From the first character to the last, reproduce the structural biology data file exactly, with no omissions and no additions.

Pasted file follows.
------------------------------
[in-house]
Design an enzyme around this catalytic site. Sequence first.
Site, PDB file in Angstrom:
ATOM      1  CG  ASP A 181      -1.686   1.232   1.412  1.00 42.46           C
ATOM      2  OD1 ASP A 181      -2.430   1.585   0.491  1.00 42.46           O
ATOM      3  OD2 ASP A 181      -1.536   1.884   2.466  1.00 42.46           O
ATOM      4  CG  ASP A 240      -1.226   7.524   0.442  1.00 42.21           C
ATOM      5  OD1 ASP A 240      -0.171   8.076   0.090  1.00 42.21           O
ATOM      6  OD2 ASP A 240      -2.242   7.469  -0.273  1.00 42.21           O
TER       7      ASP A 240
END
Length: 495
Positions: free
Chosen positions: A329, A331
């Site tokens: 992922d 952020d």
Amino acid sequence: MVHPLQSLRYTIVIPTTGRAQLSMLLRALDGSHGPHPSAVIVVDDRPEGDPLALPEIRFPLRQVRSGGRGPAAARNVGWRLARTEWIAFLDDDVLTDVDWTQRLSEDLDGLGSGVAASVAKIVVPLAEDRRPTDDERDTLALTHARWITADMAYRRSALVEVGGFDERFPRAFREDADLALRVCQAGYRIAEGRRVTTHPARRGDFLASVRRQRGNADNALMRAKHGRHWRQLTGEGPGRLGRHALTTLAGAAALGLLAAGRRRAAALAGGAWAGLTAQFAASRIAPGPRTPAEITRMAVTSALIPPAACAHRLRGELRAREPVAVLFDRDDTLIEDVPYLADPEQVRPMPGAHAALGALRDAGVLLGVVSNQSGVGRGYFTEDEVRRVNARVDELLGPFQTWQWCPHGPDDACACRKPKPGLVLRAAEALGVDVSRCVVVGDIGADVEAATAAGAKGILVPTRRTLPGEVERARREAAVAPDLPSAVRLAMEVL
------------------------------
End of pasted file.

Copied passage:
[in-house]
Design an enzyme around this catalytic site. Sequence first.
Site, PDB file in Angstrom:
ATOM      1  CG  ASP A 181      -1.686   1.232   1.412  1.00 42.46           C
ATOM      2  OD1 ASP A 181      -2.430   1.585   0.491  1.00 42.46           O
ATOM      3  OD2 ASP A 181      -1.536   1.884   2.466  1.00 42.46           O
ATOM      4  CG  ASP A 240      -1.226   7.524   0.442  1.00 42.21           C
ATOM      5  OD1 ASP A 240      -0.171   8.076   0.090  1.00 42.21           O
ATOM      6  OD2 ASP A 240      -2.242   7.469  -0.273  1.00 42.21           O
TER       7      ASP A 240
END
Length: 495
Positions: free
Chosen positions: A329, A331
């Site tokens: 992922d 952020d």
Amino acid sequence: MVHPLQSLRYTIVIPTTGRAQLSMLLRALDGSHGPHPSAVIVVDDRPEGDPLALPEIRFPLRQVRSGGRGPAAARNVGWRLARTEWIAFLDDDVLTDVDWTQRLSEDLDGLGSGVAASVAKIVVPLAEDRRPTDDERDTLALTHARWITADMAYRRSALVEVGGFDERFPRAFREDADLALRVCQAGYRIAEGRRVTTHPARRGDFLASVRRQRGNADNALMRAKHGRHWRQLTGEGPGRLGRHALTTLAGAAALGLLAAGRRRAAALAGGAWAGLTAQFAASRIAPGPRTPAEITRMAVTSALIPPAACAHRLRGELRAREPVAVLFDRDDTLIEDVPYLADPEQVRPMPGAHAALGALRDAGVLLGVVSNQSGVGRGYFTEDEVRRVNARVDELLGPFQTWQWCPHGPDDACACRKPKPGLVLRAAEALGVDVSRCVVVGDIGADVEAATAAGAKGILVPTRRTLPGEVERARREAAVAPDLPSAVRLAMEVL